While rich schools will have parents raising money to make up some of the deficits, poor schools like West Contrast Cost Unified School District lack this parents’ base, so poor children will suffer the most. In other words, rather than raise taxes on the wealthiest (and there’s huge wealth in California), Schwarzenegger makes poor children suffer ever-worsening education. Schwarzenegger picks on poor children to carry the budget on their backs.

Goldmacher reported that "in May 2004, Field Poll, 62 percent of Californians (and a plurality of Republicans) said that taxes will have to be raised to resolve the state's budget deficit, but Schwarzenegger will have none of that." I have students in community colleges who weekly work 30-40 hours and then go to college. For thousands of self-supporting students, UC is now out of their reach. Schwarzenegger's policies make students subsidize the ultra rich in California. He seems to be motivated by shortsighted greed: at all costs never never raise taxes on those who drive $80,000 hummers, send their children to private schools, have 2 or 3 homes.

We should think about tens of thousands of students’ lives in California Schwarzenegger has already disrupted.Schwarzenegger's main accomplisment regarding education in California is to make a bad situation much, much worse. Yes, indeed, Governor Schwarzenegger has flunked education.

Friday, June 03, 2005

Celebrate Kenneth Rexroth!

Celebration of Kenneth Rexroth's 100th Birthday
Sunday, June 4, 4:00, Santa Monica Beach, Santa Monica /CA
behind lifeguard station #24, about 3/4 miles south of Santa Monica Pier parking lot just south of Ocean Park
A reading of his poems, free & open to th public

Worldwide celebration:
January 19th, 6 pm Kaminarimon, Sensoji Temple, Asakusa, Tokoyo, Japan
March 20th, 5 pm, Grey Area, All Areas, Oude Lelierstraat 2, Amsterdam, Holland
June 25th, 2-4 pm, Rexroth Panel, Notre Dame de Namur University, Belmont CA USA
August 22, 4:30, Muhinjuan, Doshisha University, Guest House, Kyoto, Japan
August 28th--all day, Wat Chai Wattanarm, Ayutthaya, Thaland

Kenneth Rexroth more than any other writer created the best in California culture. He was the father of the Beats in San Francisco, Long before Kerouac, Rexroth had hitchhiked across the country, working at odd jobs. Linda Hamalian has said, “Rexroth slipped into the spell of the American West, of the California spaces, the mountains, the forests, the wild terrain, and the Pacific Ocean itself.” He saw the divine in the natural world around him, and his poetry exactly captures the natural world he loved. Long before poet Gary Snyder Rexroth was writing an environmentalist poetry. He was a pioneer translator of Japanese and Chinese poetry into English, paving the way for generations to turn to Asian philosophy and art.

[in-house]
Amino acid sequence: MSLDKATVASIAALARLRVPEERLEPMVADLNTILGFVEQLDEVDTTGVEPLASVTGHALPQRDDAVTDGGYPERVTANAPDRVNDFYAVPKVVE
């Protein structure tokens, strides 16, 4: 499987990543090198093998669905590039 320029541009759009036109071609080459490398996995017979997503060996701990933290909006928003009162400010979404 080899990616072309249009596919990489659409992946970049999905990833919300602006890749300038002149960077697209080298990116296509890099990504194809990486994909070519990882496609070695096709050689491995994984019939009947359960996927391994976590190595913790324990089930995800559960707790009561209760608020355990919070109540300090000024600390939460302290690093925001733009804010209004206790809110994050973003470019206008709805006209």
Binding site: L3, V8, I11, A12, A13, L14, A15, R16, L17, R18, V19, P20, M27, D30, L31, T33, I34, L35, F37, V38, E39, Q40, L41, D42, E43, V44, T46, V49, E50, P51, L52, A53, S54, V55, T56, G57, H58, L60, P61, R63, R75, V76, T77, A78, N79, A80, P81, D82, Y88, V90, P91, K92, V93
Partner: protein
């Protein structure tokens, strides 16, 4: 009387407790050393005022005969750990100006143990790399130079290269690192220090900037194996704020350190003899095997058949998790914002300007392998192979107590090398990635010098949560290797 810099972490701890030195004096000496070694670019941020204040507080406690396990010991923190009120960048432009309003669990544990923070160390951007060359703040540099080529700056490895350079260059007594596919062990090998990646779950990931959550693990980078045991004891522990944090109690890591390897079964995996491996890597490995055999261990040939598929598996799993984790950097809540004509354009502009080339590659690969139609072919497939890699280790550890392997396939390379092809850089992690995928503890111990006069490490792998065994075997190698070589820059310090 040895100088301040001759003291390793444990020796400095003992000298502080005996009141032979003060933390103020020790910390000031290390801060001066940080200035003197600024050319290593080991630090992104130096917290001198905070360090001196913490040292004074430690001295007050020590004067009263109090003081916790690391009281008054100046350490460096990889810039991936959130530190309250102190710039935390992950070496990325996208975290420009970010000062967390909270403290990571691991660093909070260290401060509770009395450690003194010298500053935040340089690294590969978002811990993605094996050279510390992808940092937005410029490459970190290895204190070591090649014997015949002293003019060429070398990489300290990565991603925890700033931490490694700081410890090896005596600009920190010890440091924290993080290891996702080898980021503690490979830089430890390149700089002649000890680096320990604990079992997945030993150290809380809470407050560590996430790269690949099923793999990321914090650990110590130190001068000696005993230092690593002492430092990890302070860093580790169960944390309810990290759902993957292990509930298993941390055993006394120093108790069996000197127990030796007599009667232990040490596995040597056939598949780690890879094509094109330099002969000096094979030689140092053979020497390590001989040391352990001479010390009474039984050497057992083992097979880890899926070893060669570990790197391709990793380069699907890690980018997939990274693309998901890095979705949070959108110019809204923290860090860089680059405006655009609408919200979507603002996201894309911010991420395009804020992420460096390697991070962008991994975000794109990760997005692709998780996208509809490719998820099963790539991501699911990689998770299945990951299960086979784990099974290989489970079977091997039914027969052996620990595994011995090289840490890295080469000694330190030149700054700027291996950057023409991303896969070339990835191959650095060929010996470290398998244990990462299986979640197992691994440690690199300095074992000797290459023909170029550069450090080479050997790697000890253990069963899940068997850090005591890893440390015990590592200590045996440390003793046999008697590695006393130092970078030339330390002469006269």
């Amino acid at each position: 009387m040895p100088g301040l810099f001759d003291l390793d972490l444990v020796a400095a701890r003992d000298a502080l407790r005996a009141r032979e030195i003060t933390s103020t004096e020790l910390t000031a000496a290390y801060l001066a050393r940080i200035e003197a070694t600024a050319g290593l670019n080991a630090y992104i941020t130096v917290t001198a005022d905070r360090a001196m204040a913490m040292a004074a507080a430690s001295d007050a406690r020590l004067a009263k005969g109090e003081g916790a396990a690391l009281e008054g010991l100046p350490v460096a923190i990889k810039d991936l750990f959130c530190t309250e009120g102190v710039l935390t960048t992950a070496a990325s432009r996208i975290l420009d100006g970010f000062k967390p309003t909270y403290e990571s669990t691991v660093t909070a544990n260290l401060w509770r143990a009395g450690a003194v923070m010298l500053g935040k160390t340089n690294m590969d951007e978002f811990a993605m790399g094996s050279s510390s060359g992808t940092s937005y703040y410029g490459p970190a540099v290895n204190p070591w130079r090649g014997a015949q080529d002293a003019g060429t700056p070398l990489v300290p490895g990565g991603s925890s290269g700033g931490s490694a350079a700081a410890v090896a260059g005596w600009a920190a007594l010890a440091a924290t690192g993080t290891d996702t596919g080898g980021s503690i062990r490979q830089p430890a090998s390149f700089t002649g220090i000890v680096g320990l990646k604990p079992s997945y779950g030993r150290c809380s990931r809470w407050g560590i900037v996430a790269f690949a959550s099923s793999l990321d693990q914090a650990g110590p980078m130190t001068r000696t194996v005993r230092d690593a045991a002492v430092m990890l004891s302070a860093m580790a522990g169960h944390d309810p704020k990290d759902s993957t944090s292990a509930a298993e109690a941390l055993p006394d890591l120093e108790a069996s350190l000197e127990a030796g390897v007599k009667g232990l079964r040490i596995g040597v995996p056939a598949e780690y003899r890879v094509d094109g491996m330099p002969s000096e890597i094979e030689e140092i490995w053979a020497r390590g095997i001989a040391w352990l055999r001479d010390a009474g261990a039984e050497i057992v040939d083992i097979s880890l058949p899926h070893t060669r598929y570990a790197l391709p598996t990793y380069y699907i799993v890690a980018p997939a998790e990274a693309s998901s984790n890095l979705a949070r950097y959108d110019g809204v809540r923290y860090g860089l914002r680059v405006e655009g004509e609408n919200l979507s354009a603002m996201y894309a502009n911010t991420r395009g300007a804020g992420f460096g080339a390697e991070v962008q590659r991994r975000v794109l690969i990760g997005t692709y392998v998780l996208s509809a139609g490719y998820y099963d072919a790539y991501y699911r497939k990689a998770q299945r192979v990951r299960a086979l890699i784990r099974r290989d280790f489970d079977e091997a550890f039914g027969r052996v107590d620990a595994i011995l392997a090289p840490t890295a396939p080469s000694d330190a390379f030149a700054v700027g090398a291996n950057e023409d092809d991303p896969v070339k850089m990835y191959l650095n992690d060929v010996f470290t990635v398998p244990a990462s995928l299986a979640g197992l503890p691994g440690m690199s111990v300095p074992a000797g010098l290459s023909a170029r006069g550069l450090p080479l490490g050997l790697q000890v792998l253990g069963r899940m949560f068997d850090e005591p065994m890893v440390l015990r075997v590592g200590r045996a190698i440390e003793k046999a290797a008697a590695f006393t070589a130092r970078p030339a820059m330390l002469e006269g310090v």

Rexroth was a populist, mystic, and pacifist, participating in radical protests from fighting for workers’ justice in the 1930s to the 1960s where he supported the civil rights movement and was against the Vietnam War. He declared that he was a radical, "a social outcast [who] identified...with the forces striving for a better social system, a system in which humanity and leisure for vital appreciation of the arts would be the common property of all men." He was always ignored by East Coast critics and establishment.

Linda Hamalian has said that Rexroth wrote poetry for

‘all producing classes of the west,’ the workers and the farmers the country depended on, using the words from factories, farms, and trades, as Whitman would have them do. Rexroth was pleading, ultimately, for the recognition of regional literary magazines filled with good writing. More basically, he was stating that in order for people to tap into their creative energy, and to respect, seek and support the art and poetry of others, they had to feel connected to their immediate environment. In a sense, Rexroth was redefining democracy in dynamic terms by asserting that a free country was a country that nurtured and validated an artistic sensibility in all people, a position that Whitman had articulated more than fifty years earlier in "Democratic Vistas."

He took his ideas into action in the late 1940s in San Francisco when he organized a salon at his house for new poets—the beats. In this salon Asian and Native American literatures were respected as much as the European literature. He started reading poetry to jazz. He started a poetry of democracy, of environmental sanity, of equality for all people. Yes, we should all celebrate Kenneth Rexroth.